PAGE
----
Educational toy trialled in Auckland school
Parents’ safety fears allayed by educational toy trialled in Auckland school with stunning results
Three-quarters of parents worry about what their children will find while surfing the internet, however only 40% of them have parental controls on their devices, a New Zealand survey reveals.
When asked what concerned parents about children using their technology, inappropriate content was the most worrying (44.1%), followed by content that wasn’t educational (22.6%) and breakage (20.9%). More parents give their child their touchscreen device such as a smartphone or tablet for entertainment rather than for educational purposes, the online survey of 1100 parents found.
“Letting your child use your phone or tablet may seem like a harmless way to occupy them, but parents should ensure it is the best device for their enquiring minds,” says toy expert Jeremy Kirk-Smith.
The CEO of leading Kiwi toy company Planet Fun, which commissioned the survey to gauge parental views on new technology, warned that not only are children able to access inappropriate content online, they may also delete files or drop and shatter their parent’s expensive device.
“Yes, new technology is the way of the future, but are children accessing the best content for their young minds?” Kirk-Smith asks. “Parents think they are giving their child an educational aid but they may not be.” The survey revealed that if usage was educational, 69.2% of parents would increase screentime, and if they had child-friendly wi-fi, 72.6% would give their child more access to touch screen devices.
Parents’ concerns have been answered with the latest learning tablet – the LeapPad Ultra – from internationally-renowned children’s learning brand LeapFrog.
LeapFrog LeapPad Ultra 2013 Paul Ellis Publicity – 09 3789113 Distributed by Planet Fun, Kirk-Smith says the LeapPad Ultra is the ultimate educational touchscreen device, created by international educational experts. He took the unusual move to “walk the talk” by getting children – and educators – to put it to the test.
“We gave an Auckland school 40 LeapPad Ultras to trial in a learning environment. As a decile three school, few of the pupils have access to smart devices in the home so they were experiencing them for the first time. The results were remarkable in only four weeks.”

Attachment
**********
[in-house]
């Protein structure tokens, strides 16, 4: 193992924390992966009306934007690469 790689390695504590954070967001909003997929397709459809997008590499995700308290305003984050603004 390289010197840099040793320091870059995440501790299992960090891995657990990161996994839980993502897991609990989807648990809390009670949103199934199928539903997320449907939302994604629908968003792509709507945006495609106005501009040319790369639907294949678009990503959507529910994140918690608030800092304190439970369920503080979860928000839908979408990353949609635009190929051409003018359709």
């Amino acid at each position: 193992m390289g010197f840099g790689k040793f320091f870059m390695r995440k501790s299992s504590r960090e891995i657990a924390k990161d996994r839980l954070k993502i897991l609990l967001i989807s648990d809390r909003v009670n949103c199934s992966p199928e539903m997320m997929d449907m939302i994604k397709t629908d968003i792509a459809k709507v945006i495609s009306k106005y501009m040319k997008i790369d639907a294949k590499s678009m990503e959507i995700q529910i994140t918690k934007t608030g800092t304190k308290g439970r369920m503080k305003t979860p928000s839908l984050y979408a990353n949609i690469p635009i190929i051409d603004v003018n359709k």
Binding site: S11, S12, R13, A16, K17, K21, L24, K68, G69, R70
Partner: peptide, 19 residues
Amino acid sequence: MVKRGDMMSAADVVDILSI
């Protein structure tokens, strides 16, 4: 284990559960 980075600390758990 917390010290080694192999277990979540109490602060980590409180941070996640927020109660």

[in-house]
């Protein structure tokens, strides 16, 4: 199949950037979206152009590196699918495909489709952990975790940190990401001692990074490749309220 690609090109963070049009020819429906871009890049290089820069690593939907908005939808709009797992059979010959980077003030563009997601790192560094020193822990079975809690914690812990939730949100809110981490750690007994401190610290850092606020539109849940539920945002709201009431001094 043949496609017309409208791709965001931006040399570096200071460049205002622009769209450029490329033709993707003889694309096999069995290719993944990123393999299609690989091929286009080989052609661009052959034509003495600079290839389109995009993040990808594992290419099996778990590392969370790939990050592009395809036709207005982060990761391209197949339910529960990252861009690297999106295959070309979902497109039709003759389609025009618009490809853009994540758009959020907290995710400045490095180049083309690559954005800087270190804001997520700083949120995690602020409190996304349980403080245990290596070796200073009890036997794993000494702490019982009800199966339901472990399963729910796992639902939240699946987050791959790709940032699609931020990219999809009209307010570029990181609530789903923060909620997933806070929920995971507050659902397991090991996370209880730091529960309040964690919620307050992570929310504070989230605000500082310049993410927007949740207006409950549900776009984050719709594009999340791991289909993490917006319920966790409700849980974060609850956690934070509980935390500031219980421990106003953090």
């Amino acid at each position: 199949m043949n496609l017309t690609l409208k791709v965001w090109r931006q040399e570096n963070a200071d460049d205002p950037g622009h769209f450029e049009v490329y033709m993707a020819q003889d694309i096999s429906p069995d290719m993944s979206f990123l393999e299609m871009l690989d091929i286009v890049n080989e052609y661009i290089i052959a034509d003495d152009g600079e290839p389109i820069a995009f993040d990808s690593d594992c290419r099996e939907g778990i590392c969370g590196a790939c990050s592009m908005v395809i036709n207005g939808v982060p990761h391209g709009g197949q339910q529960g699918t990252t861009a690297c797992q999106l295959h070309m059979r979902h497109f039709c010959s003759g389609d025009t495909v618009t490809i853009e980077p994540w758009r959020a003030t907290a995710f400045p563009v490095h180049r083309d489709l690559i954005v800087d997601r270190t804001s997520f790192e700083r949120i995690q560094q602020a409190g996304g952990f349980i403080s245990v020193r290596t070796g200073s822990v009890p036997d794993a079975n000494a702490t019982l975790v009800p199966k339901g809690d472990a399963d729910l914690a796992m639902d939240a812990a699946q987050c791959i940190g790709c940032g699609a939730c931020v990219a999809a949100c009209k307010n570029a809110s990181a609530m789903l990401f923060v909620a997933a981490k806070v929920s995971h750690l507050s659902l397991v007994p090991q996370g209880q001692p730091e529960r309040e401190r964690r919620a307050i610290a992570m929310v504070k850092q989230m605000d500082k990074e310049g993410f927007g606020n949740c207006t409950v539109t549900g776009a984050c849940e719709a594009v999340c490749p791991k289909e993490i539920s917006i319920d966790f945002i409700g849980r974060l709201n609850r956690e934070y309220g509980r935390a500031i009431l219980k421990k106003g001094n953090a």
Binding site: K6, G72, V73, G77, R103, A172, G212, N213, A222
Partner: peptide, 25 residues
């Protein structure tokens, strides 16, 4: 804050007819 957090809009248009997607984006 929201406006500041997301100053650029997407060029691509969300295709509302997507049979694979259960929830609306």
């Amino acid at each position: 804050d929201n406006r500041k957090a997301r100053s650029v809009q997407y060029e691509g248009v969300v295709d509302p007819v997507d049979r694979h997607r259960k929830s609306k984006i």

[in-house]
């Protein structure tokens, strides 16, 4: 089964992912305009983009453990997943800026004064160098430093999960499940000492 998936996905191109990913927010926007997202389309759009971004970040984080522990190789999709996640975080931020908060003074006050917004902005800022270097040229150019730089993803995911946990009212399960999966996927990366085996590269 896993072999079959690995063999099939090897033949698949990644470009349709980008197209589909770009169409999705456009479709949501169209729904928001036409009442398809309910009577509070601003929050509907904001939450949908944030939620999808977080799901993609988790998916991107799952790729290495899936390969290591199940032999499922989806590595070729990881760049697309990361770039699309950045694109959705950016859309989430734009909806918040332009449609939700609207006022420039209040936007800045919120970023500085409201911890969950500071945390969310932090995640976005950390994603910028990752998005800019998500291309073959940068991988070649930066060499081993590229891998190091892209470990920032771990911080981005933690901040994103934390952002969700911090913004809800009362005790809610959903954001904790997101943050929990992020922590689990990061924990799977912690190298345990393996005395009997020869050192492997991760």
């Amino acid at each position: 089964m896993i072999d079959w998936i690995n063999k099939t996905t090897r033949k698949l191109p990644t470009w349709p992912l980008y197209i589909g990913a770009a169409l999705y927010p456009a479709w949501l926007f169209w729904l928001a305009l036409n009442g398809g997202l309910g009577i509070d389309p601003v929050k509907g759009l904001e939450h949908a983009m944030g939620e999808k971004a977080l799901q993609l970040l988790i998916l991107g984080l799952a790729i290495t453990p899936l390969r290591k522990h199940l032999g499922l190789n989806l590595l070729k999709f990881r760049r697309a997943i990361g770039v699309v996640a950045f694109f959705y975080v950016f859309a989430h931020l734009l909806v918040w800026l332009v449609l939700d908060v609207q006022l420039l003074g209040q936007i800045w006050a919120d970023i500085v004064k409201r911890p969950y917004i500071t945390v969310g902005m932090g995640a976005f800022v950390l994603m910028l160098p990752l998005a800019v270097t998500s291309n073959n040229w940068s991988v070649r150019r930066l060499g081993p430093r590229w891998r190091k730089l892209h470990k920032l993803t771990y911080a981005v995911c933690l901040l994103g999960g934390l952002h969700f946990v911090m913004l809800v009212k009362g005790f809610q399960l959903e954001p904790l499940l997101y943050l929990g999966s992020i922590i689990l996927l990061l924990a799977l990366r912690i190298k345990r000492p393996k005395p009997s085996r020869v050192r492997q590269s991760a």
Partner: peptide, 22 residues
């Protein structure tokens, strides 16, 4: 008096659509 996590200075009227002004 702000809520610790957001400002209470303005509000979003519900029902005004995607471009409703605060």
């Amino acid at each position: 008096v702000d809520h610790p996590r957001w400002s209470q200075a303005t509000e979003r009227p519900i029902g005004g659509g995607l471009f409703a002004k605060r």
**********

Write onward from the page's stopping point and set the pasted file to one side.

Colwill Primary School, in West Auckland, separated its classes with the same age and curriculum levels into two groups – with one class in each year using the LeapPad Ultras, while the other class didn’t. All the pupils were tested at the beginning of the trial and at the end of four weeks. The year 0-1 class that used the LeapPad Ultra had 100% improvement in literacy (phonics and letter knowledge) and 100% improvement in maths (number knowledge) compared to only 47% improvement in literacy and 23% in numeracy in the class without the units.
The year 1-2 class using the units had 100% improvement in literacy and 22% improvement in numeracy, compared with 100% and 13% respectively.
The year 2-3 class that used the LeapPad Ultra had 83% improvement in literacy and 73% improvement in maths, compared to only 38% improvement in literacy and 27% in numeracy in the class without the units.
Colwill School principal Rob Taylor said he was surprised by the significant increase in children’s learning in only four weeks. “The results are quite stunning,” Taylor said. “We also trialled it in a range of other teaching environments – for example, special needs children and reading recovery pupils – and the teachers saw clear benefits.”
Taylor said the LeapPad Ultra had improved pupils’ listening skills, as the unit needed users to follow instructions, and the attached stylus helped pupils with their hand-eye co-ordination and fine motor skills. Teachers were also impressed with the auto-levelling function that extended children’s ability whilst moderating challenges when children were struggling.
“Anything that engages children, and is fun, is the key [in education],” Taylor said. “The Leap Pad Ultra is the only device I have seen that teaches good handwriting skills – if children do not form the letter correctly the unit doesn’t recognise it and they can’t progress. And the close chat and safe wi-fi functions are reassuring.”
LeapFrog LeapPad Ultra 2013 Paul Ellis Publicity – 09 3789113 Kirk-Smith says the school trial clearly illustrated the educational benefits of the LeapPad Ultra and gave parents peace of mind. “Children are learning while having fun. The teachers talked about the kids who had trouble focusing in class now being really engaged and wanting to learn on the units, through to children with reading issues now benefiting from time spent learning their letters. It has been tremendous to see such positive results.”